Case in point, Dwyane Wade and LeBron James spent their first season in Miami playing isolation basketball, much like the Cavaliers, but now the Heat offense is rolling as Wade has begun to find a large portion of his offense off the ball.

By seemingly not factoring fit into his drafting equation and instead focusing solely on talent, Grant has placed a higher degree of difficulty on his coaches by handing them a 1,000 piece puzzle instead of a much easier 300 piece one. 

The reason the John Wall/Bradley Beal combo in Washington has seemed to perform better than the Waiters/Irving combo isn’t because of talent, but because Wall, while still being the team alpha dog, is a pass oriented point guard who likes to move the ball, and Beal is a highly skilled shooting guard who had to be pleaded with by his coaches in college to take more shots and who seems to have little qualm with a teammate dictating the offense on most of the possessions while he sets up as a shooter.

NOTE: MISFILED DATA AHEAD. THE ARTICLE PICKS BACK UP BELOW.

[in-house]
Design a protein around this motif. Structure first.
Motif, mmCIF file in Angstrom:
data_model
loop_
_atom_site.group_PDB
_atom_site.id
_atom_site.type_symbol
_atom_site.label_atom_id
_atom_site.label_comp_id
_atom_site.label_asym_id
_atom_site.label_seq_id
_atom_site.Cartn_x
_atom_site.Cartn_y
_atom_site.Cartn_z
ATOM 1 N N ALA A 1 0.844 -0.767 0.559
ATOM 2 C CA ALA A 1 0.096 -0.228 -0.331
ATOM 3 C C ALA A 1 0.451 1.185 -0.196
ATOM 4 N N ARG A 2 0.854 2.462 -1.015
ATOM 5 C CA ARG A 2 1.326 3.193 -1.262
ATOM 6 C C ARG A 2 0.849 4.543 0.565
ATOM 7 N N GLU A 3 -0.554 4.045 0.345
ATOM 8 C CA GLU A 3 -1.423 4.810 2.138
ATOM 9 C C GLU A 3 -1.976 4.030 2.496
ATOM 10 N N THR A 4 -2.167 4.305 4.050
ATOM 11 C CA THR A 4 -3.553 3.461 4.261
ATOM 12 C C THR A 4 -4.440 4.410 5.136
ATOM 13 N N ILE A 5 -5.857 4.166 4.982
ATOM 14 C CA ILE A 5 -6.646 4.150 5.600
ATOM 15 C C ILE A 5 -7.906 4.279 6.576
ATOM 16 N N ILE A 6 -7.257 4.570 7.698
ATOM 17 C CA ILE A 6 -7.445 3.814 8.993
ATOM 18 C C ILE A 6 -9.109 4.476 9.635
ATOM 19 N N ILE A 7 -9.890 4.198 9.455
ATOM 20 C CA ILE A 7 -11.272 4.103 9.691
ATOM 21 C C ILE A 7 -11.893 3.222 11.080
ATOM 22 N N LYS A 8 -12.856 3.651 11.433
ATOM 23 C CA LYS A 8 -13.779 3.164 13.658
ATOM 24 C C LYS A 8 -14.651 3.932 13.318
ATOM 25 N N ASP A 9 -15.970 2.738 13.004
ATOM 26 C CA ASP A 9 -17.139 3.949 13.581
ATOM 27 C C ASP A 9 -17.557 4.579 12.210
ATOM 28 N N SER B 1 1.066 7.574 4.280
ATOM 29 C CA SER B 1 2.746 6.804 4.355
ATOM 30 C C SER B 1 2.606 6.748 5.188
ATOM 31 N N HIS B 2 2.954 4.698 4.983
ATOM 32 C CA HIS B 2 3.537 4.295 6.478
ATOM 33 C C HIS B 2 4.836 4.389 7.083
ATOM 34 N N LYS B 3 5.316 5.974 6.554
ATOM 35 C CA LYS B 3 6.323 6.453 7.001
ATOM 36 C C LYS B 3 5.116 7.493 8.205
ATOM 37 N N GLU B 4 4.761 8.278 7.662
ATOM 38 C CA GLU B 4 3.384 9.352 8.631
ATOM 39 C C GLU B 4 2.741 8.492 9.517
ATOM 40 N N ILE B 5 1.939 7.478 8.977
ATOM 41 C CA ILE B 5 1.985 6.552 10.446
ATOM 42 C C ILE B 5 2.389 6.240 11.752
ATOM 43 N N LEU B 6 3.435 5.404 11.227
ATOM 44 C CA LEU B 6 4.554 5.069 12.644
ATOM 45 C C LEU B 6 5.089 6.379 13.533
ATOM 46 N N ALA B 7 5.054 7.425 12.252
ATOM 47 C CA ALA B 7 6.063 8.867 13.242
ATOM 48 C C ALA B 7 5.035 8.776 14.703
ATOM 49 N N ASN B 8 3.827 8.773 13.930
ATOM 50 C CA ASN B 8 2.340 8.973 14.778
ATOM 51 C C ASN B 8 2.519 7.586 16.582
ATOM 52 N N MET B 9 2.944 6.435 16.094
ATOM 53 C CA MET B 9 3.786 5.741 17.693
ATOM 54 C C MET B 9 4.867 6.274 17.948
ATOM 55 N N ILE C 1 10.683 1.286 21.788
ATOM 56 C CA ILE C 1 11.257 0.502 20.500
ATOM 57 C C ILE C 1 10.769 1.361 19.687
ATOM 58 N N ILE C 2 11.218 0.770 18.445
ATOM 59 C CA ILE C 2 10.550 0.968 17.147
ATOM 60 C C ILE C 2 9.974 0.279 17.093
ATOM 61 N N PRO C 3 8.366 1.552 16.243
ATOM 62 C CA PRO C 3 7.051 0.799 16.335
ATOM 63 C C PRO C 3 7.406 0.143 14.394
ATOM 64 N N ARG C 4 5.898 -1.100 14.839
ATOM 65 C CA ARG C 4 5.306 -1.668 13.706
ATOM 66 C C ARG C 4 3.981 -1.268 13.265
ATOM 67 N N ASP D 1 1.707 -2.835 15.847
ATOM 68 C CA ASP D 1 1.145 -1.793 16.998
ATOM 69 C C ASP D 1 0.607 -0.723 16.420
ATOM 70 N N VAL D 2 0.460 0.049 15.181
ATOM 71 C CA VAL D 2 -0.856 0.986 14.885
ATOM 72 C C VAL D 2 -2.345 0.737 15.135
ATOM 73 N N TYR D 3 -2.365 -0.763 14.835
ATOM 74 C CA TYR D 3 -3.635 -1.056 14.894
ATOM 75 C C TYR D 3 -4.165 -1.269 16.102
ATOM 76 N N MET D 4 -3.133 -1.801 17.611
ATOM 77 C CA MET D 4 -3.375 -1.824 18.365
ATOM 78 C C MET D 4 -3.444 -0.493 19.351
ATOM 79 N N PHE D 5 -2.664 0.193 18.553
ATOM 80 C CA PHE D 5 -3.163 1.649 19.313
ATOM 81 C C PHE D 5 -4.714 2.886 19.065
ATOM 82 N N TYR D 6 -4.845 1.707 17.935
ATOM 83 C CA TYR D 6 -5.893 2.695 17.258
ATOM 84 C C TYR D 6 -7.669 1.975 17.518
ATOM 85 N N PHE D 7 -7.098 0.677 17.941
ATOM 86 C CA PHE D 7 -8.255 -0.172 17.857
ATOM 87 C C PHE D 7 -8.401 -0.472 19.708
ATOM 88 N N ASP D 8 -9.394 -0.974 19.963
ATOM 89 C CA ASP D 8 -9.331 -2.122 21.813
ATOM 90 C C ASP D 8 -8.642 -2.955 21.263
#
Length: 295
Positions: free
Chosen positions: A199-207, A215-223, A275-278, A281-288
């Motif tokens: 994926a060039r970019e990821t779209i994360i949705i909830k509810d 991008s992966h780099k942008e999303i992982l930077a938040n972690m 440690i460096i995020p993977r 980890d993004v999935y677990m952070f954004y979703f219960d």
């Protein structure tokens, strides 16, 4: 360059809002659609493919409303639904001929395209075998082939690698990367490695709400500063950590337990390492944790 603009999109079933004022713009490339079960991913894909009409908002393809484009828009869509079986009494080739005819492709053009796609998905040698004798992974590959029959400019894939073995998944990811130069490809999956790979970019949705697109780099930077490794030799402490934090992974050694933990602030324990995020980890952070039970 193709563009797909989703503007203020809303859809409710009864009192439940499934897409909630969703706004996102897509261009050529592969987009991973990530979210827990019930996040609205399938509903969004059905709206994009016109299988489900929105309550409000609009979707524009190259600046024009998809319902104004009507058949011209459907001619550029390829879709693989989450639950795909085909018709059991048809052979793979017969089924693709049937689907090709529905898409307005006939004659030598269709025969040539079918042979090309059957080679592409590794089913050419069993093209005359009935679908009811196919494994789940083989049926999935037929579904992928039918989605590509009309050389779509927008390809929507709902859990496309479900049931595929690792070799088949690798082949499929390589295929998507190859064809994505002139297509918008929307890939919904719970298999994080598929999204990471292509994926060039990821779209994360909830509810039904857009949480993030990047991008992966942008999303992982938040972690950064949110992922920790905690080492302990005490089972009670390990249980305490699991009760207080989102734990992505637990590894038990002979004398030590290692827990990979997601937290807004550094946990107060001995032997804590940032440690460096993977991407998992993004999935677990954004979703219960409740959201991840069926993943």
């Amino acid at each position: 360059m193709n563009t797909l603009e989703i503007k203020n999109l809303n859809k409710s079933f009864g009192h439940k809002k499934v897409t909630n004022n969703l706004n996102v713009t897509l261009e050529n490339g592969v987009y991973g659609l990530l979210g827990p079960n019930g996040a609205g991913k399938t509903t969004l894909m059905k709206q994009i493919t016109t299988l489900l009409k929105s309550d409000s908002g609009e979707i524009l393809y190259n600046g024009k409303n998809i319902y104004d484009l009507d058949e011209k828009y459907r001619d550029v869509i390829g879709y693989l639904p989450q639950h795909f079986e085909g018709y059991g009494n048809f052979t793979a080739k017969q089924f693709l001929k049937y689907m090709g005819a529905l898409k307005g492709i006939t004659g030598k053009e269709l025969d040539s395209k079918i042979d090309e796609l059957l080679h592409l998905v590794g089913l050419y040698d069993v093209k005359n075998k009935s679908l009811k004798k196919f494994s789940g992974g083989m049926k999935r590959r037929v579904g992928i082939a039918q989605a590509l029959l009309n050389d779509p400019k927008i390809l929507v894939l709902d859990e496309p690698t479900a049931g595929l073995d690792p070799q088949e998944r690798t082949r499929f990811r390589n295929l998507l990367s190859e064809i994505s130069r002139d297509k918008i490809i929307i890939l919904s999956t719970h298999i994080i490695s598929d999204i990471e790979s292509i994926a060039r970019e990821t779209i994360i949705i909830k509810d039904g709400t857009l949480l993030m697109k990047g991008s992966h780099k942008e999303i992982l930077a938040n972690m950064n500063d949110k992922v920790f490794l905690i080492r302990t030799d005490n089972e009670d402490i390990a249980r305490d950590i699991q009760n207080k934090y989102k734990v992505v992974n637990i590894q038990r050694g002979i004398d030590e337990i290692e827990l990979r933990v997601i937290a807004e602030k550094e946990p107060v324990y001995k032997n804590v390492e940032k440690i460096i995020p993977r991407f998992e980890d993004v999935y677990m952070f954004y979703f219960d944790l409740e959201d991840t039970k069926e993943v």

This is how they both naturally play the game.  Hopefully Waiters and Irving can both learn to give up a little of themselves for the other; they’d both benefit for it. 

The Entire Frontcourt

The Cavaliers don’t have a legitimate starting NBA small forward and they are an Andrew Bynum experiment failure away from not having a legitimate starting NBA center. 

The Cavaliers also have two power forwards they selected in the top 4 of NBA drafts who were both selected at a time when one of the Cavaliers best players was a power forward in Anderson Varejao. 

If Bynum doesn’t work out this season the Cavaliers are going to be left with two big holes to fill this coming offseason in small forward and center. 

Sure they will have cap space, but they will not necessarily be able to attract any high caliber free agents, particularly if they don’t improve significantly. 

The failure to present Kyrie and Dion a reasonable small forward to play alongside surely has also caused some of their frustration as the Cavaliers have little in the way of floor spacing and opposing teams are apt to just clog the paint and challenge these two guards at the rim rather than respect the Cavaliers outside shooting.